|Clicking the Pull Left and Push Right icons will move either traps or fields over one position, depending upon whether the cursor is in the trap line or the sample line. A nice enhancement to v10 is that the shifting acts slightly differently depending on the cursor location. If it’s within a field, only the selected field will move. If however the cursor is between fields, all of the painted fields will shift. This enhancement makes editing templates a snap.|
Additionally, you can supply literals as trap characters. So if you know that you need to include all rows that have the string “CUSTOMER:” starting in position 1, then type CUSTOMER: into the trap line.
By the way, Monarch won’t interpret the word CUSTOMER: as a word. Instead, it looks at the characters individually: a C in position 1, a U in position 2, an S in position 3, and so on, up to the colon in position 9.
Use as many trap characters as necessary to have Monarch properly isolate your data from the remainder of the report. Your trap line can include a combination of characters inserted by using the buttons and characters that you supply manually.
Additional trap options
Under the Options menu you’ll find Input options for further control of the trap facilities. You can choose to make your trap characters case sensitive so that a trap that reads “CUSTOMER” will ignore occurrences of “Customer”. You can also choose to use a different set of characters for the traps generated by the buttons, such as Numeric or Alpha traps, by selecting the “Alternate” trap characters instead of the “Standard” ones. People often use the alternate characters when they intentionally want to trap on characters that exist in the report that Monarch normally uses for trapping purposes, such as the vertical bar, or pipe character “|” which Monarch uses for detecting numeric OR conditions.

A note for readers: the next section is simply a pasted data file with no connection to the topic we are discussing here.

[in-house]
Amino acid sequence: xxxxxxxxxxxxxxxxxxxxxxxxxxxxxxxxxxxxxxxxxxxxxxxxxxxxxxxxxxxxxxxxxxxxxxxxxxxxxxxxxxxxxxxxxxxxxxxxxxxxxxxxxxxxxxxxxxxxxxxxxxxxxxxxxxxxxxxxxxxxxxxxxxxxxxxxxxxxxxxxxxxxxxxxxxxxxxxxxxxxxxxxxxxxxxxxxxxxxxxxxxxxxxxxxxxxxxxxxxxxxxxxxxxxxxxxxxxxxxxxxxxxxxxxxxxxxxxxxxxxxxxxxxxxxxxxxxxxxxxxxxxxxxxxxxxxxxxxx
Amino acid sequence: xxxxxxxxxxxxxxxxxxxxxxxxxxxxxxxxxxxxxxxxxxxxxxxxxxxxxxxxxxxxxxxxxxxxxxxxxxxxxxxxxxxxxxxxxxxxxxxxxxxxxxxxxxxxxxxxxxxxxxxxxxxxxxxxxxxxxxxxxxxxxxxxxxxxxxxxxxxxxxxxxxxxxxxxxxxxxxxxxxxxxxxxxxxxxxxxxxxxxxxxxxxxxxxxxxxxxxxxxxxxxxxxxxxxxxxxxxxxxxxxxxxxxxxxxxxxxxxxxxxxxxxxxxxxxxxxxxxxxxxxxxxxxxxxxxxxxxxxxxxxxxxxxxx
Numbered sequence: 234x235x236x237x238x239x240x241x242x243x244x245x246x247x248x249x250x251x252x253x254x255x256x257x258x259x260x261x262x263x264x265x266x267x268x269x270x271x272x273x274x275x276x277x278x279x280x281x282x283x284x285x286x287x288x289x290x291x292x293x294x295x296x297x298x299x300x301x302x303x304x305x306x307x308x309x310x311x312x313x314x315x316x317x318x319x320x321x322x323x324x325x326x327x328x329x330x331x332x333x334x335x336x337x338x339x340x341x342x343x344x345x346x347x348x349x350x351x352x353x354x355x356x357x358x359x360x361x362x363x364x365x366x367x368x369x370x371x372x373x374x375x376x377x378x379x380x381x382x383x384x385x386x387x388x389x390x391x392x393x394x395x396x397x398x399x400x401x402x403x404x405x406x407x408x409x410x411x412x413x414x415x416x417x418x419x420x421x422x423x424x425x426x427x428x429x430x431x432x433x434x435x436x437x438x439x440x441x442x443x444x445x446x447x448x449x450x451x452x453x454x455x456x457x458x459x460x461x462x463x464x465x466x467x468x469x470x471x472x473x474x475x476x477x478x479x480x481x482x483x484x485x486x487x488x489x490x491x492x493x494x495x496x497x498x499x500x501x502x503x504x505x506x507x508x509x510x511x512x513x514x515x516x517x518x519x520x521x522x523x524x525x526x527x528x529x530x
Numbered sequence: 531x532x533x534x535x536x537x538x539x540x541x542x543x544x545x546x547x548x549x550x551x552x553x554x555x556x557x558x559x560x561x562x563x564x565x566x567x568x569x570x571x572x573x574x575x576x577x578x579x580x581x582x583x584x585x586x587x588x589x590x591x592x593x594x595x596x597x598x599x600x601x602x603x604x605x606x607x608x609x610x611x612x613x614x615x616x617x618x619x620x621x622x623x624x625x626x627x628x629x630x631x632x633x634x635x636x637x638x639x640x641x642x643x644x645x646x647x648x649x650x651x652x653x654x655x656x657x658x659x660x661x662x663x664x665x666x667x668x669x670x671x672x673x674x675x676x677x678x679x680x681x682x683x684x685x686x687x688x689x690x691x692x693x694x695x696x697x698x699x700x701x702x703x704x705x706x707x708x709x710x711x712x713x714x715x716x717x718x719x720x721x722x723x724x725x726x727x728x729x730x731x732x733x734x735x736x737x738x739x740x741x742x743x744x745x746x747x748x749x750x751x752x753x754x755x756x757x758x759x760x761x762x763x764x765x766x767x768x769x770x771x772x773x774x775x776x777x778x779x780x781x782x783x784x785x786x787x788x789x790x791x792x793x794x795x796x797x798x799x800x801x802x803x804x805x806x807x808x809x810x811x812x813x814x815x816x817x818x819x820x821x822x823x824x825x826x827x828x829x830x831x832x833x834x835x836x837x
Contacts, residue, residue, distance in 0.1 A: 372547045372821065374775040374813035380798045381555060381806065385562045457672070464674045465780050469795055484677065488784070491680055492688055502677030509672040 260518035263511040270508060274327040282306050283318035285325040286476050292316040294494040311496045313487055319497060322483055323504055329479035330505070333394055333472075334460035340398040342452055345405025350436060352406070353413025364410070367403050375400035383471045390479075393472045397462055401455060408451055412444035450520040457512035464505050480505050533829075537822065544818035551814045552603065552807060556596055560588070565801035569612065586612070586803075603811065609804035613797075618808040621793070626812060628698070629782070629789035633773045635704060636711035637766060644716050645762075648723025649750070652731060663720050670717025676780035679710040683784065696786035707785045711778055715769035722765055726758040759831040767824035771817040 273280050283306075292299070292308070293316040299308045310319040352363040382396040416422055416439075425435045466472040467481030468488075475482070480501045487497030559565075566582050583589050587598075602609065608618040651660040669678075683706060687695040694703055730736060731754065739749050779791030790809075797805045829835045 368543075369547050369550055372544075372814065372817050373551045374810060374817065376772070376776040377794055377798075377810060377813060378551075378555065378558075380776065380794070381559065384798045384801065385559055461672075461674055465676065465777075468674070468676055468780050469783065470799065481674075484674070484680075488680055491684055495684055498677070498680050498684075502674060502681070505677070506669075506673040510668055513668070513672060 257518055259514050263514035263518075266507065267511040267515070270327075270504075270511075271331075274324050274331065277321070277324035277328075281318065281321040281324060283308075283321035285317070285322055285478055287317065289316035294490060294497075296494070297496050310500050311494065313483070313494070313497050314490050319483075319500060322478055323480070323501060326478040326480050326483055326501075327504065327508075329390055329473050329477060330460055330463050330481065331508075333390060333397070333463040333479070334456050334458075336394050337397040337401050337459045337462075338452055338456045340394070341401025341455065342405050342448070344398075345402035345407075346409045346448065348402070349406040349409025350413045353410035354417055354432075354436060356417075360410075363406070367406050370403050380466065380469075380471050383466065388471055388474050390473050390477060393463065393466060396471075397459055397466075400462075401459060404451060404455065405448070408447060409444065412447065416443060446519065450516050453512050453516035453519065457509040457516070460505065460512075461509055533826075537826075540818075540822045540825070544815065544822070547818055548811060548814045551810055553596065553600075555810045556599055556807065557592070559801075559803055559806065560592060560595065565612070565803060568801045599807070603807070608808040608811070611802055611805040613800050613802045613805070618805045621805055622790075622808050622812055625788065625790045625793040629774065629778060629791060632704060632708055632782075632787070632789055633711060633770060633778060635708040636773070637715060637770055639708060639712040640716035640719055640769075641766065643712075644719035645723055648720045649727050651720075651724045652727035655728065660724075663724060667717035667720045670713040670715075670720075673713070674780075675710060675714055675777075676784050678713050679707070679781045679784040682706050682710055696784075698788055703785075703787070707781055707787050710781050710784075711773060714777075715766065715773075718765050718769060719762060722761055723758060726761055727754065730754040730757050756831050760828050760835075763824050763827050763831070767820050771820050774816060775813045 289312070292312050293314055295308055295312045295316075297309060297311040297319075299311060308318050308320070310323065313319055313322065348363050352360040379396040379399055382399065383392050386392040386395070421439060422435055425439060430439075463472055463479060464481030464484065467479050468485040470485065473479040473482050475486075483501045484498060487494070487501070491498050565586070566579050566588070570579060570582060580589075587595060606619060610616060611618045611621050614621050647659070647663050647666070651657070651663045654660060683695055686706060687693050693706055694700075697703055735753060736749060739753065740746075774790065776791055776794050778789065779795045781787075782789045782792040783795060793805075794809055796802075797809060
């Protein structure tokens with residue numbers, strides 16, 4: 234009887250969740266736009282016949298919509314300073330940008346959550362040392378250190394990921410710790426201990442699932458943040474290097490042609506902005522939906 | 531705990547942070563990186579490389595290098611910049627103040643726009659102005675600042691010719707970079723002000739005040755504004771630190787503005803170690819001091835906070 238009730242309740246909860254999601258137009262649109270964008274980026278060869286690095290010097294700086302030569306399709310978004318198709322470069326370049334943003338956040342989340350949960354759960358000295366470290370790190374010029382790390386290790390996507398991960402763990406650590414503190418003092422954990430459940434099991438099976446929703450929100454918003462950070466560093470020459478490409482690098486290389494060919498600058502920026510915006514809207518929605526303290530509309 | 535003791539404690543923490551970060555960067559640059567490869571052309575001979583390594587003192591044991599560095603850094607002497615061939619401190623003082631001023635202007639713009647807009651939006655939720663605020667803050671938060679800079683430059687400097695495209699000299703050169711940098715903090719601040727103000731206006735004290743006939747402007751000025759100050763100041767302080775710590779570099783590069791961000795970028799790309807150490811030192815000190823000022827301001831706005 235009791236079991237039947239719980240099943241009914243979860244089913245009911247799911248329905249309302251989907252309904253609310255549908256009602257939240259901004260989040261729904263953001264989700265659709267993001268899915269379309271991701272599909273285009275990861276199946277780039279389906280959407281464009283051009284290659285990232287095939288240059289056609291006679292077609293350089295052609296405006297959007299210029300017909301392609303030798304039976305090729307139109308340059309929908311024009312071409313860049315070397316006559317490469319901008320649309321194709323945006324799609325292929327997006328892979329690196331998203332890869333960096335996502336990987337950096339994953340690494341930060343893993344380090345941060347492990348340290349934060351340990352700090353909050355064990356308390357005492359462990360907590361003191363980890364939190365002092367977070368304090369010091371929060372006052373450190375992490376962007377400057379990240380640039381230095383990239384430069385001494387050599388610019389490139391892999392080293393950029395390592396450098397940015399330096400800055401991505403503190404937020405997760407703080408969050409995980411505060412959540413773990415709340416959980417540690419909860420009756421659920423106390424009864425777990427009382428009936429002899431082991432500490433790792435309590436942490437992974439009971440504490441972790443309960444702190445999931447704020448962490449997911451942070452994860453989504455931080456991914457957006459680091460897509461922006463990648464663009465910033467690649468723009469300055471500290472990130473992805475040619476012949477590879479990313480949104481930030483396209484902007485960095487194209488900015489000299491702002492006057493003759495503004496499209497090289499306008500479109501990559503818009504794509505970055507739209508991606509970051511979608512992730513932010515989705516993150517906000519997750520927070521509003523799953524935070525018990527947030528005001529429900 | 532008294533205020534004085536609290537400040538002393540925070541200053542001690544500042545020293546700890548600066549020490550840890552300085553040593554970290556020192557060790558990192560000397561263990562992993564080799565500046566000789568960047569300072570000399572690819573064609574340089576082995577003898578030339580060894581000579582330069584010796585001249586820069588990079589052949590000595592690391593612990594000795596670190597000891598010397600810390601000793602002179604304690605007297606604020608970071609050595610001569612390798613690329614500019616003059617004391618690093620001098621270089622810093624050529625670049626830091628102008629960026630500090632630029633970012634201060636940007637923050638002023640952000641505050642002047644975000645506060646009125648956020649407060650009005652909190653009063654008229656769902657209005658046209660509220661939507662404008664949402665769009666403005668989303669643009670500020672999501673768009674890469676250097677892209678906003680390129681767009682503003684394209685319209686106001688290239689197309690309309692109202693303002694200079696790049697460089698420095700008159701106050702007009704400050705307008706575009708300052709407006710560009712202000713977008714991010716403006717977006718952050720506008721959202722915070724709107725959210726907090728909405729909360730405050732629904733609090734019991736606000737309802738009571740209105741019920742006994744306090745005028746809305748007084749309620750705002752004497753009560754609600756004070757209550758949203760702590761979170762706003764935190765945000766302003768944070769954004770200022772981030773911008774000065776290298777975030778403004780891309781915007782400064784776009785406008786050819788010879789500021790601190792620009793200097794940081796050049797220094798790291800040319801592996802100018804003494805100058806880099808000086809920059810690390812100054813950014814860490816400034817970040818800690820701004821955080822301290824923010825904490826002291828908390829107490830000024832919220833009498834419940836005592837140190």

Monarch v10 users can take advantage of a feature not available in earlier versions. New to v10 is Monarch’s ability to build the trap line for you. Hardened Monarch veterans might say that this is akin to removing the art from the science.
But just as we can drive our vehicles from A to B, it doesn’t mean that we all understand what’s going on under the hood. But sometimes the vehicle breaks down, so it helps to have a bit of knowledge about how it works and where things are. So you v10 users (especially the new-to-Monarch-with-v10-folks), don’t get too reliant upon the tool. Learn how to trap on your own and you’ll thank yourself one day.
Your task for today
Get comfortable with Monarch trapping tools. Spend at least 30 minutes with a somewhat complex report experimenting with different ways to capture different data sets within the report. Start by capturing as many similar records as you can – all of the rows that you would consider details – and then narrowing the data selected not by using filters but by only changing the traps. Practice until you can correctly select the proper trap tools as easily as you can type your name.
Trapping is critical
Many years ago when the exploration of the world was just beginning, trappers were not just looking to survive, but were often key players for international trade. Being a good trapper today can be of equal importance and is absolutely necessary if you want to excel with Monarch.